Nuclear weapons and warfare were not at all in her thoughts when she moved to Las Vegas. “But in Nevada, where so many nuclear weapons have exploded, you can’t not think about what a nuclear war would mean. Thank God so far there has been no World War III, but we have many victims of the preparations for World War III. They are all around us. Some are the people working at the testing site, where the cancer rate is much higher than the national average. Many employees have been radiated in nuclear accidents. In addition there are all those soldiers who were close to ground zero when there were above-ground tests. Many have died already, and many have had defective children — the greatest sorrow. There are also the ‘down-wind victims’ who were in the path of fallout clouds.”

Rosemary’s primary focus was always on people, not weapons. “Of course we hope our efforts make it more likely that the day will come when there will be no more testing and no nuclear weapons, but what we are doing has another, deeper meaning — the recognition that we too, not only those making and testing weapons, are in need of conversion. Our motto has always been, ‘Convert!’ What we are doing concerns conversion. We need to convert our own hearts. As long as the bombs are exploding in our hearts, we have little hope of even understanding what is going on in the world around us. We hope not only for our own conversion but for a conversion that will lead our whole society in a new direction. The desert is a place linked to conversion. The desert has always been the classical place of spiritual solitude. The prophets of old searched for the voice of God in the desert. This is true for us too. So we go out to the desert to fast and pray. In the winter it is often windy and frigid, but in the warmer seasons it comes to life. You should see the desert at Easter time!”

Rosemary developed a profound sympathy for those who work at the test site, many of whom she came to know personally. “They are hostages of the bomb, just as we are,” she commented. “Many friendships have taken root, especially with guards and police. Many people working at the site wave to us. I remember one worker who brought us a box of fresh donuts. He said, ‘I may be on the other side, but I have to admire your perseverance.’ Sometimes I am asked to help with very complex personal and family problems. There are people involved with nuclear weapons who have called me late at night with some personal crisis they needed to discuss. I have had sheriffs and military officers cry on my shoulder.”

“Isn’t there the danger of abusing people’s vulnerability in such situations?” I asked.

“I never say to them, ‘You should quit.’ I don’t have the right,” she responded. “This is something you have to come to on your own. With the economic situation in the country so bad, many are glad to have a job, no matter what it is. Even so, some have left the test site, even at the cost of a lot of personal and family sacrifice.”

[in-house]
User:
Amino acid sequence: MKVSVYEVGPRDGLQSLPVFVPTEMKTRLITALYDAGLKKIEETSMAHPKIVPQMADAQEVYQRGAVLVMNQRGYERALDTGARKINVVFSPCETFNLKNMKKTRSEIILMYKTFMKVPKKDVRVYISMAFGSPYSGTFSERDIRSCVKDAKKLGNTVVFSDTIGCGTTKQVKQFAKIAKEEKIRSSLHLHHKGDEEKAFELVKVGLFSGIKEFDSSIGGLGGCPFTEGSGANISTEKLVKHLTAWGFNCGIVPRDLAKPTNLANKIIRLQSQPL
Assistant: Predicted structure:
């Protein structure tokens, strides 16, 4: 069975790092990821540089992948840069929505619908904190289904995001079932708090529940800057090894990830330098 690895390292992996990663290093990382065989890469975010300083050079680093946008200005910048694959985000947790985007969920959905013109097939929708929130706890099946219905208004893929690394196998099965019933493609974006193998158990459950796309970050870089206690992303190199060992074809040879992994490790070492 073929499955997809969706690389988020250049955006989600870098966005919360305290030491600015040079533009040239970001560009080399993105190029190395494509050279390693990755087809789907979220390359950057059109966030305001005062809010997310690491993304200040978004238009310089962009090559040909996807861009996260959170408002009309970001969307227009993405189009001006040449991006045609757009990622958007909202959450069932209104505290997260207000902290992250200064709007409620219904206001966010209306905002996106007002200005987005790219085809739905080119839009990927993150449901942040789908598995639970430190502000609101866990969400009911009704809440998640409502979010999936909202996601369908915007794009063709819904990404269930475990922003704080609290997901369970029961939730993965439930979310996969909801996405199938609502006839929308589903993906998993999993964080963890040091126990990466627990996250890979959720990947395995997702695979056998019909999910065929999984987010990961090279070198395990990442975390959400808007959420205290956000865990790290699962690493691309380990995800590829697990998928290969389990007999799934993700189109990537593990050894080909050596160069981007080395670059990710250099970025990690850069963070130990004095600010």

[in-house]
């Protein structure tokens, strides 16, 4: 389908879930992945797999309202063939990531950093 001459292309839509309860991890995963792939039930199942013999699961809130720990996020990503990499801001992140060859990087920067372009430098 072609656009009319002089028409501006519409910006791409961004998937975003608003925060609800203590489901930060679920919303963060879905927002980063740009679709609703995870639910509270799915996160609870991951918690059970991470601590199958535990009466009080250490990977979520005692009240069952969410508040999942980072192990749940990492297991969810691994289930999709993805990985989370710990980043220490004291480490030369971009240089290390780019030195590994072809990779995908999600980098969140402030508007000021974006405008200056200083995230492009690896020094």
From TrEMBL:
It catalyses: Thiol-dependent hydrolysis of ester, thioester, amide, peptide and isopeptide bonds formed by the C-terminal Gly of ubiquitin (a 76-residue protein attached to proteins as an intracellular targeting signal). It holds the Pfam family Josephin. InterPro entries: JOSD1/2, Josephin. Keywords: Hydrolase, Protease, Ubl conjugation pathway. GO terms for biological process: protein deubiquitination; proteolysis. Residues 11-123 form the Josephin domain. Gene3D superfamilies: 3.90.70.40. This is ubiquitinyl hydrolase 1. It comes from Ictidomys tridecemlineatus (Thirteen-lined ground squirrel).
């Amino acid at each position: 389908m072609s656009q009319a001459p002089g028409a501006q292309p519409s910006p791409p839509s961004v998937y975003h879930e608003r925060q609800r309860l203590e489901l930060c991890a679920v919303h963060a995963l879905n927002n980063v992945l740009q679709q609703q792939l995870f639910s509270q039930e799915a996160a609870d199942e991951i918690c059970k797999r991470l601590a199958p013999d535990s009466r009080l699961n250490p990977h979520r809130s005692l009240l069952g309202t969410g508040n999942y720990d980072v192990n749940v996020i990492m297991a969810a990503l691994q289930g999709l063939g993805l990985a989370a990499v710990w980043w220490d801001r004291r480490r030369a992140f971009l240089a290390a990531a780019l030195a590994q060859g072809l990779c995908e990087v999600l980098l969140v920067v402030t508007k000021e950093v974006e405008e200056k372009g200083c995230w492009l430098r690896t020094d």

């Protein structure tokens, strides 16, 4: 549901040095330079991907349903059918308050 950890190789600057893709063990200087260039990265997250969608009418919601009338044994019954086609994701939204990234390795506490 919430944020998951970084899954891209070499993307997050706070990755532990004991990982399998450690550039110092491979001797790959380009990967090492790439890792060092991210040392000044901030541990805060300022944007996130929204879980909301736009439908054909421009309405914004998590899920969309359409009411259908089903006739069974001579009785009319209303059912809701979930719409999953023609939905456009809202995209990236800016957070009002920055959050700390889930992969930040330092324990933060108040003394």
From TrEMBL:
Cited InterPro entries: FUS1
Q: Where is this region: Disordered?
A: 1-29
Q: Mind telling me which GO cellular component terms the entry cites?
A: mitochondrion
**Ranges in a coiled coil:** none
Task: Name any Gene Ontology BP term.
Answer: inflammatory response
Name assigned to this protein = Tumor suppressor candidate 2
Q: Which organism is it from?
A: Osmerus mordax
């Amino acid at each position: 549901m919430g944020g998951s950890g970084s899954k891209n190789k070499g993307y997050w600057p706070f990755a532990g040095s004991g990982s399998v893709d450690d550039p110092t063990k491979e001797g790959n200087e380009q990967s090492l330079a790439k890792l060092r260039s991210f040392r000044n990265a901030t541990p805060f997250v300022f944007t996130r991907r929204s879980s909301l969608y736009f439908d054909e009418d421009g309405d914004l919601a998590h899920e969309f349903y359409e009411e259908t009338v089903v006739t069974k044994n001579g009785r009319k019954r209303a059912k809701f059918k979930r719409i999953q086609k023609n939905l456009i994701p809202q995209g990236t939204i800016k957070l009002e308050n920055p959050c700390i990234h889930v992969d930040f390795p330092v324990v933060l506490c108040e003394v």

When I asked how she justified breaking the law, she replied: “The real evil is perfecting methods of killing people and destroying God’s creation. Breaking a trespass law — crossing a white line in a road miles from the test site — respects the essence of civil law and is obedience to the higher law. Sometimes the law needs help. Of course, you have to have a certain amount of openness and patience with people who don’t see this and you must be willing to go to jail, which gives you a chance to ‘visit the prisoner,’ as Christ told us to do. But civil disobedience isn’t for everyone. It is a call, a vocation. I would never say to anyone, ‘You should do this.’ But I ask others to respect the force of conscience that compels us who commit civil disobedience.

“We always practice openness with the police and everyone concerned about what we are doing. One consequence of this is that the police have always been gentle and courteous with us. They have even had a sense of the joy of the occasion. They try not to hurt us when they put on the handcuffs. They assist us getting into the police buses. It’s remarkable.”

Rosemary always urged those who commit acts of disobedience to respect those who may feel threatened or be inconvenienced by such actions and to carefully avoid sarcasm, abrasive words, or rude gestures. “It is our policy never to have the kind of blockade where people go limp and thereby compel the police to have to carry us away. We don’t want to call forth hostility in other people. Sometimes people kneel down in the roads to pray. Sometimes we hold up the cross. But when they ask us to stand up, we do so.”